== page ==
Abundance vs. Scarcity.
You’ve undoubtedly heard these two terms before. But what do they really mean, especially abundance?
Look no further than the book Abundance: The Future Is Better Than You Think by Peter Diamandis and Steven Kotler. Written in 2012 (prior to their best seller Bold), Abundance examines the changing world and cites some remarkable statistics, statistics that show vast improvement in the plight of humanity.
We are living in a time greater than any other – in terms of both technological advancement and the ability to pursue countless opportunities. How far have things truly progressed though?
The authors throw some stats at you right away.
In the 20th century:
- Infant mortality has decreased by 90%.
- Maternal mortality has decreased by 99%.
- Human life span has increased by 100%.
- Cost of food has decreased 10x.
- Cost of energy has decreased 20x.
- Cost of transportation has decreased 100x.
Pretty crazy, right?
You might be asking what this has to do with you and your life.
The answer is A LOT.
Your mind is pre-conditioned to think the resources around you are scarce. Hence, what we mean when we say scarcity mentality.
For the greater part of humanity, it was of your benefit to think in scarce terms, as this truly was the case. Early humans had access to very limited resources. Societies formed and grew slowly, and it was only recently that most came to possess the means to serve and care for everyone. Traditionally, life was brutally hard. People suffered. Violence was commonplace. However, the technological advances of the last 100 years changed all that.
As Diamandis and Kotler state, “for the first time in history, our capabilities have begun to catch up to our ambitions.”
Every day, computers get more powerful. Innovations never thought possible begin to emerge. The world is changing at a frantic pace, and everything you’ve come to know will be improved beyond all imagination in your lifetime.
At its core, an abundant mindset means believing that anything is possible, both for society and for you. It’s when you crush limiting beliefs and the resistance that holds you back from taking chances. It’s when you embrace BOLD THOUGHTS. Instead of hustling to survive (as so many have done since the dawn of civilization), time can now be spent creating and building.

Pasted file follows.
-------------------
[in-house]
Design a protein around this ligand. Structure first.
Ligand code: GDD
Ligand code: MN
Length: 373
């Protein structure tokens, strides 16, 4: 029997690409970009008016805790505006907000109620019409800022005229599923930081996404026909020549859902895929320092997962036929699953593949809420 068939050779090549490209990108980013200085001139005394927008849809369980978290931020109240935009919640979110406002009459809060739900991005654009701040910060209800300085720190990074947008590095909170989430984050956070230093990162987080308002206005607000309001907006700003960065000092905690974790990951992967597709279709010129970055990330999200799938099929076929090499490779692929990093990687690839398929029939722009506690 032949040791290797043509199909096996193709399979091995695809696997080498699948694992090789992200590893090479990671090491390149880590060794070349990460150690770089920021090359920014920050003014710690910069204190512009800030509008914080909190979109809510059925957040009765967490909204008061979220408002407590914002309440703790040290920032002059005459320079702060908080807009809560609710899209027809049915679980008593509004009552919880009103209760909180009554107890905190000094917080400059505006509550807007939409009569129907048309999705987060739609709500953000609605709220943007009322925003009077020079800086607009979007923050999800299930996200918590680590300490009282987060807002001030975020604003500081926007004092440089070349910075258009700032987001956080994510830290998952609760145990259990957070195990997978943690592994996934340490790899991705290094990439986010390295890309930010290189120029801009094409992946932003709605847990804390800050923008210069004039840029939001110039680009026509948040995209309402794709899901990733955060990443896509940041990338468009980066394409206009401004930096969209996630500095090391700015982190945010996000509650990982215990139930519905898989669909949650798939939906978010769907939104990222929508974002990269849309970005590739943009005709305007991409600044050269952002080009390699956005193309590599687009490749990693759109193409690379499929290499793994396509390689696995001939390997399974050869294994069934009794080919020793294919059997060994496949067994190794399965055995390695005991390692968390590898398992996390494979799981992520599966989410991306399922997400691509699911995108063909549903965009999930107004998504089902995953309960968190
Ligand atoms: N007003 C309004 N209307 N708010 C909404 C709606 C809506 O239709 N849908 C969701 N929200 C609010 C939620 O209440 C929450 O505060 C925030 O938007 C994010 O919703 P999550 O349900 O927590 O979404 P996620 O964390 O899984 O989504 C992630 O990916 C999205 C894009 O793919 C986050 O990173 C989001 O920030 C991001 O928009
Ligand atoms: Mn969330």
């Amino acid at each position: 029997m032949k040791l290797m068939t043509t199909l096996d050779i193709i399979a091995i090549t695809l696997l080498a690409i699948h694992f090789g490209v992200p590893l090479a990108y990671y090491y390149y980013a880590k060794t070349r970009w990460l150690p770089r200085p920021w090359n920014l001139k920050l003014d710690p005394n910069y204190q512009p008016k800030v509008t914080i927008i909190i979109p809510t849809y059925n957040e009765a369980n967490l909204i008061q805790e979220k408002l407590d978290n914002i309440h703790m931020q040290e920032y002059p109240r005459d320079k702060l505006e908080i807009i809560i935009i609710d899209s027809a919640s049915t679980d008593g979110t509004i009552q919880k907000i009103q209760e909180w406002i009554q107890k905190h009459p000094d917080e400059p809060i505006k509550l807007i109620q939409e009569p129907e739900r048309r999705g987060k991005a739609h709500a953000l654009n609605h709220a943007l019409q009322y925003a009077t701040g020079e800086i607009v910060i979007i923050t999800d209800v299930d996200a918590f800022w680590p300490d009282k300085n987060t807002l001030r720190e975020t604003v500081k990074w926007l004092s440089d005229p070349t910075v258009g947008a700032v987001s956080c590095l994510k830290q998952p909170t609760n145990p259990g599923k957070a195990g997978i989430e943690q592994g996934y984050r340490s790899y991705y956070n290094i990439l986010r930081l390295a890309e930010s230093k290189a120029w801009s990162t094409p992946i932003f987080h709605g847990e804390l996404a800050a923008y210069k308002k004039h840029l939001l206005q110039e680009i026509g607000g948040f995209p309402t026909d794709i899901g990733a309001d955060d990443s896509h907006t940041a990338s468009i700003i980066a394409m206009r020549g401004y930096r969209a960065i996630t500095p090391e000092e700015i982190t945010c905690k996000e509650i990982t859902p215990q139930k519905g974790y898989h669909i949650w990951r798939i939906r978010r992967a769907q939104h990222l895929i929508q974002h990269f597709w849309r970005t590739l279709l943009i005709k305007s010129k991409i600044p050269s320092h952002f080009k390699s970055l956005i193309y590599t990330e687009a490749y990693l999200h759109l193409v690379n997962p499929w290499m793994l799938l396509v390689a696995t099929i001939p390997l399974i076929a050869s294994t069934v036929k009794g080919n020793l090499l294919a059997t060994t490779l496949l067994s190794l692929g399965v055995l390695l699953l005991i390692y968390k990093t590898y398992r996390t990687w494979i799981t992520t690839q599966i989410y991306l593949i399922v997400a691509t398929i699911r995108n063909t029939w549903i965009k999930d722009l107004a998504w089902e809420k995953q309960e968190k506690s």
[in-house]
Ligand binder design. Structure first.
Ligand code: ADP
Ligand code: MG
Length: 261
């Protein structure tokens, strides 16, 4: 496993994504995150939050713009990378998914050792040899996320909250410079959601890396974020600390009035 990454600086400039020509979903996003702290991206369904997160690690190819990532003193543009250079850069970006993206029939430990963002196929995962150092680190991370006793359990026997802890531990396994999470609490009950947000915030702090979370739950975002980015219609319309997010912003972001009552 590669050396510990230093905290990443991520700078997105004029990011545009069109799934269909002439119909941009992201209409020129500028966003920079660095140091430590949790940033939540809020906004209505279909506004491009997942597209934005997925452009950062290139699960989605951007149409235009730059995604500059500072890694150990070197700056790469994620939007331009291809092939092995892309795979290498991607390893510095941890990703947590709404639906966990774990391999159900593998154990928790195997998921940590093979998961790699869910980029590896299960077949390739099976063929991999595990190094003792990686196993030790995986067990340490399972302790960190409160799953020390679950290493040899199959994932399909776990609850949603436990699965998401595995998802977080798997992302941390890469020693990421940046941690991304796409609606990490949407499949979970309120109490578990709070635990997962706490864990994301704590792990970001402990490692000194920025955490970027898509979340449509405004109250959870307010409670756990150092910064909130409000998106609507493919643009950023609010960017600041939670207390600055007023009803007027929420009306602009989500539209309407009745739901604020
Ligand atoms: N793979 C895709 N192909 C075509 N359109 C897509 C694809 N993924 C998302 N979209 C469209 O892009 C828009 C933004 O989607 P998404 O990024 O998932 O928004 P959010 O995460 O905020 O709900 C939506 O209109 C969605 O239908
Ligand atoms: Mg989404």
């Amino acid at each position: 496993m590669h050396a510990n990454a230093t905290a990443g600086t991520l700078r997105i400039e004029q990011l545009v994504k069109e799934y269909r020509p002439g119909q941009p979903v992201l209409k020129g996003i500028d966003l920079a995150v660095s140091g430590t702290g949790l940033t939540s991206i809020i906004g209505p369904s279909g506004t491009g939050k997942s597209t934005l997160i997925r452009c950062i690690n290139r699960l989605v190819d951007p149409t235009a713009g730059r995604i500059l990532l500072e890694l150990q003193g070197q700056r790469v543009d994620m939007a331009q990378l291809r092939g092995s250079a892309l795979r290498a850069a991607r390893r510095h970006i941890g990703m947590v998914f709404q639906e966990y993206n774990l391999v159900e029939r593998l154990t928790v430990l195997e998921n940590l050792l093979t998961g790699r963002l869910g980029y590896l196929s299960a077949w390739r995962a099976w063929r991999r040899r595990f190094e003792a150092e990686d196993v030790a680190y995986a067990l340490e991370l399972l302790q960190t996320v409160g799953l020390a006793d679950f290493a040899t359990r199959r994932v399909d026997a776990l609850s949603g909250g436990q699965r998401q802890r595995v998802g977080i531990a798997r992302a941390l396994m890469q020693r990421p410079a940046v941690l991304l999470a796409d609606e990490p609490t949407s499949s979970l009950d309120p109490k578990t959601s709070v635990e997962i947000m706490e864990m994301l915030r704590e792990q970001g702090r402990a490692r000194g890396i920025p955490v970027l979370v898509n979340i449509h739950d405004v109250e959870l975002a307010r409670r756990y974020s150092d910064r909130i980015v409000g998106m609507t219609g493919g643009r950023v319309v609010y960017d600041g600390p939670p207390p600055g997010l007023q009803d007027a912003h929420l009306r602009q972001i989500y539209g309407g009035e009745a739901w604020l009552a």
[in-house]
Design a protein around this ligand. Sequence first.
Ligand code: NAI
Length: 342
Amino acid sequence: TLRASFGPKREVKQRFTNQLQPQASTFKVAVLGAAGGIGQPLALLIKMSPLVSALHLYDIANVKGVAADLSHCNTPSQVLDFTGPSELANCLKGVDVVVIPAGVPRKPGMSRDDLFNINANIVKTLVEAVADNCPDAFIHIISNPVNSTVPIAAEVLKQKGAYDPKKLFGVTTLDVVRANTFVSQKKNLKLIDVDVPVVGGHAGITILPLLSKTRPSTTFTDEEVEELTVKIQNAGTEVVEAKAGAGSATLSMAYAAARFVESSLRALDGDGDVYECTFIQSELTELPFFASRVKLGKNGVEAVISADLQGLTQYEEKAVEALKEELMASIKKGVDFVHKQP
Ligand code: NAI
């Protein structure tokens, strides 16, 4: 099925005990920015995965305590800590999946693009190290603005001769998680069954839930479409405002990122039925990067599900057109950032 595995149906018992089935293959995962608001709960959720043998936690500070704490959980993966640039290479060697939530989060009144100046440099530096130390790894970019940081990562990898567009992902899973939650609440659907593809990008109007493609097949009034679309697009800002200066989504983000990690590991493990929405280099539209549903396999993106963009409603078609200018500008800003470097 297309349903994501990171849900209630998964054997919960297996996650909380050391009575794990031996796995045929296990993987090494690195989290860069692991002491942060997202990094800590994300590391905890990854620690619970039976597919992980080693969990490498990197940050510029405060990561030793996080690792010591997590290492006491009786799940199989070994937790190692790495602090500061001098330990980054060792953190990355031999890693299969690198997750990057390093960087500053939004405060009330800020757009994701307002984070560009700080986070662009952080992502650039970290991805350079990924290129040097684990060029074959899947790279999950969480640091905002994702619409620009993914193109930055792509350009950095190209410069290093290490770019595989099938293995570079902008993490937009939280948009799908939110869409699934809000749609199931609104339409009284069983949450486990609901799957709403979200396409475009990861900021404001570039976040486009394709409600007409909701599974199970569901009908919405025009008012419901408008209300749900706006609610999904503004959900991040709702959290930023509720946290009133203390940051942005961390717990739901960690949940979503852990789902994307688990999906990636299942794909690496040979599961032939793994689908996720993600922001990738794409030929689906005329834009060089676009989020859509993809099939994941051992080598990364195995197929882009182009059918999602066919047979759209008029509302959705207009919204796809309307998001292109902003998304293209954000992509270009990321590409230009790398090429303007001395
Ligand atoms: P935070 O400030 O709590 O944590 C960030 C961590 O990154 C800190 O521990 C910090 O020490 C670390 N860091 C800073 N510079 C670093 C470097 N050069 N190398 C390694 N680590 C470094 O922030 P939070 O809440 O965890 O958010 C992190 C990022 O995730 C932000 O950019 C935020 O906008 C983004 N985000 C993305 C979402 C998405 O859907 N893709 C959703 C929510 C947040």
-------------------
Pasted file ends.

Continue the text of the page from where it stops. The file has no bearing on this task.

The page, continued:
Technology has automated much of life, saving time and unnecessary effort when it comes to tedious daily tasks. Now more than ever, you have an abundance of time to commit to a hobby or hustle. There are simply no excuses not to get it done. You learn by doing, and never has the actual doing been more readily available. Only your beliefs and lack of confidence hold you back.
The Fight Never Ends
As humans, we have a long list of cognitive biases that serve to hold us back from an abundance mindset. A Cognitive bias is defined as a “common tendency to acquire and process information by filtering it through one’s own likes, dislikes, and experiences.” A lot of these biases allow you to conserve mental energy and allow your brain to focus on more important tasks such as critical thinking and deep work. However, some serve you negatively; stroking the fire of fear and helping you rationalize faulty decision-making.
Abundance mentions three specific biases that violate the viewpoint; the negativity bias, anchoring, and confirmation bias.
The negativity bias is the tendency to give more weight to negative information and not positive information. This isn’t surprising, as the brain is pessimistic by design (blame your primitive roots).
Anchoring is when you over-rely on a piece of information (failing to see the whole picture) when making decisions. Humans also crave control. This leads to overconfidence in one’s beliefs and actions, which is why you tend to be surprised when you are completely off on something.
When an action or experience falls within your comfort zone, feelings of positivity are reinforced. However, when you think or act on something unfamiliar, you are left with an uneasy feeling, sometimes too nervous to even attempt. This is why most people don’t usually stray from the tendencies, relationships, places, and situations they know best.
Finally, Confirmation bias helps re-enforce your decision making (even when it’s wrong), serving to confirm your the safe, risk-free decisions you regularly make.
All of these biases hold you back from embracing abundance. These are only a few; Wikipedia lists upwards of 100 cognitive biases that affect our tendencies and thinking.
So how can you use these biases to your advantage and cultivate a positive, abundant mindset? There are two ways that overshadow all others. Let’s explore.
1. Think Big
Limiting beliefs fuel a scarcity mindset. Such beliefs were once an advantage for you, but today, with the wave of technological advances and discoveries, they serve as a hindrance. You must always do battle with yourself to think bigger and better.
Jack Welsch, the former CEO of General Electric, was fond of a term called “seeing around the corner.” This referred to a person’s ability to see what was coming next in the form of innovation and discovery. Think Steve Jobs with the iPod, Bill Gates with the PC, and Henry Ford with the automobile assembly line.